Controversy not over
Texas charges ref with robbery: Rick Barnes says official acted "inappropriate"in controversial Arizona win
TULSA, Okla. â€” Rick Barnes feels that the officiating crew robbed his Texas team â€” and then kicked dirt in its face.
The Texas coach is certain that referee Richard Cartmell called a five-second violation on UT guard Cory Joseph before five seconds were up. And he's even more irate with what Cartmell said afterwards to justify it.
And you thought Pitt-Bulter was destined to be the most controversial game of the 2011 NCAA Tournament?
Think again. Arizona beating Texas 70-69 after Texas was whistled for a five-seconds call on a seemingly routine in-bounds play, holding a 69-67 lead with under 13 seconds left, will be a game that's talked about and debated for a long, long, long time.
To a man, everyone in the Texas locker room insists that Cartmell didn't give Joseph a full five seconds. That's to be expected. What's more damaging for Cartmell is the YouTube videos of the play that have already surfaced that seem to show him short arming the five on the five-second call.
To do a five-second count, a referee shoots his arm down in a chopping motion five times to count off the seconds. Videos show Cartmell getting to four with four full motions and then doing at best a half chop on the decisive fifth second. Joseph also insists he was calling a timeout even before then.
It's enough to make Barnes call for a complete overhaul of how college basketball handles these end-game situations.
"I was like flabbergasted with it," Barnes said. "Officiating this game is hard to do. But there are certain calls you just have to get right. My feeling is that if you've got the electronics, you've got to use them.
"I'm certain if they had looked at that on tape that the call would have been reversed. I just watched it again on film."
What really made Barnes lose it was the statement Cartmell put out after the game. Particularly the line, "There's no review involved. Game over."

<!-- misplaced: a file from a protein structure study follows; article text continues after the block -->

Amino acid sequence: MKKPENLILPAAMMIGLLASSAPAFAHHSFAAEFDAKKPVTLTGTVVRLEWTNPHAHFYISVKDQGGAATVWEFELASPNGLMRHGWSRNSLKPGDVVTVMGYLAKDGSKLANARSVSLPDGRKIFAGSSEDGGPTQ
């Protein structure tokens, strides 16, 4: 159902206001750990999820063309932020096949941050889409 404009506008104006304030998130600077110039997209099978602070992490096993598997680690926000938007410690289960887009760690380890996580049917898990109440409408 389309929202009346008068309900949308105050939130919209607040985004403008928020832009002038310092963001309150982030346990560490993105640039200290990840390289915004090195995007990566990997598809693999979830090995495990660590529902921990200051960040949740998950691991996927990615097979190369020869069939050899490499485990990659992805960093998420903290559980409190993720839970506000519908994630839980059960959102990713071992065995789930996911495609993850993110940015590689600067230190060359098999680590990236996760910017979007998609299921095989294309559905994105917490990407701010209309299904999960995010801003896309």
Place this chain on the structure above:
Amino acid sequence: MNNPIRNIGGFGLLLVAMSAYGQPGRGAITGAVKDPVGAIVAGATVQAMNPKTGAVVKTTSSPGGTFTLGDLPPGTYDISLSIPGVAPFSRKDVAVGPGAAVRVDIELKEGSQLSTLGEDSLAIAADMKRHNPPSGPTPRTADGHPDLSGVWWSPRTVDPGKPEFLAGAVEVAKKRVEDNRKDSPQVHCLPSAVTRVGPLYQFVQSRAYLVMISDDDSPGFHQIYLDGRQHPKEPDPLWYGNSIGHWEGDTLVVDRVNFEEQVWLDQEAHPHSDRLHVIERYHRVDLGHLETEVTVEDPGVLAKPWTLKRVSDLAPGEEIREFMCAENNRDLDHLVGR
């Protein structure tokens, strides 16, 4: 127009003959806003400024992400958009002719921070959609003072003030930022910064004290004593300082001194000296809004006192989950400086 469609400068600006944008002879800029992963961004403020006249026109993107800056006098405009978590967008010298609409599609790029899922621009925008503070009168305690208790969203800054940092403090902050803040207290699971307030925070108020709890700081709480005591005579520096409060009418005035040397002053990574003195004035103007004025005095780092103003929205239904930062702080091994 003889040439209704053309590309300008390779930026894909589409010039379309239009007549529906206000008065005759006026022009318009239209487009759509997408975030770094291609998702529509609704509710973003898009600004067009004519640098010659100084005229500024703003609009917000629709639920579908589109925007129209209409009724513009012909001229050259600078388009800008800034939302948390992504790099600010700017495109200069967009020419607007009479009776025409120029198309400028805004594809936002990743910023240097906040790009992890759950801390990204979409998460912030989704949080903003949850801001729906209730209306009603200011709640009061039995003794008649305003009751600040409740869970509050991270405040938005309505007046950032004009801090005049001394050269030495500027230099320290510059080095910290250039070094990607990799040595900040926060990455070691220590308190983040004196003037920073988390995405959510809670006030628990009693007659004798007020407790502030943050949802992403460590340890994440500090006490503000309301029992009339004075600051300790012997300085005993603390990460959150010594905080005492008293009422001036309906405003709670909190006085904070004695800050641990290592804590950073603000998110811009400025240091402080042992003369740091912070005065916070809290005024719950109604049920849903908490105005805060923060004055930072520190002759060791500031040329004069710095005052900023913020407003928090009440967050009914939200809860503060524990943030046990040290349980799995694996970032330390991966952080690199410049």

"For somebody to make a comment like that really is inappropriate," Barnes said. "You just say game over? Game over? I can tell you that game's not over for our guys. They'll be living with that game for a long time. To be so insensitive like that, I just can't understand it. Game over ... our kids were in here crying their eyes out.
"That game's not over to them."
Barnes wasn't backing down either, bringing Cartmell's statement up several times as he answered questions against a wall in the Texas locker room.
"I've probably said too much already," Barnes said several times. And then he talked about it some more. After some losses, you can't shut up.
Barnes wasn't as upset with the no calls on J'Covan Brown's drive that could have still won the game or Gary Johnson's rebound in traffic of Brown's miss in the final seconds, reasoning that those calls are judgement calls that could go either way. Unlike the five-seconds call that changed everything, taking Texas from thinking it had locked up a game against Duke in Anaheim to seeing its season end.
For more from a surreal, Texas locker room scene, look for a full column on CultureMap later tonight.
Watch referee Richard Cartmell's controversial five-second call yourself: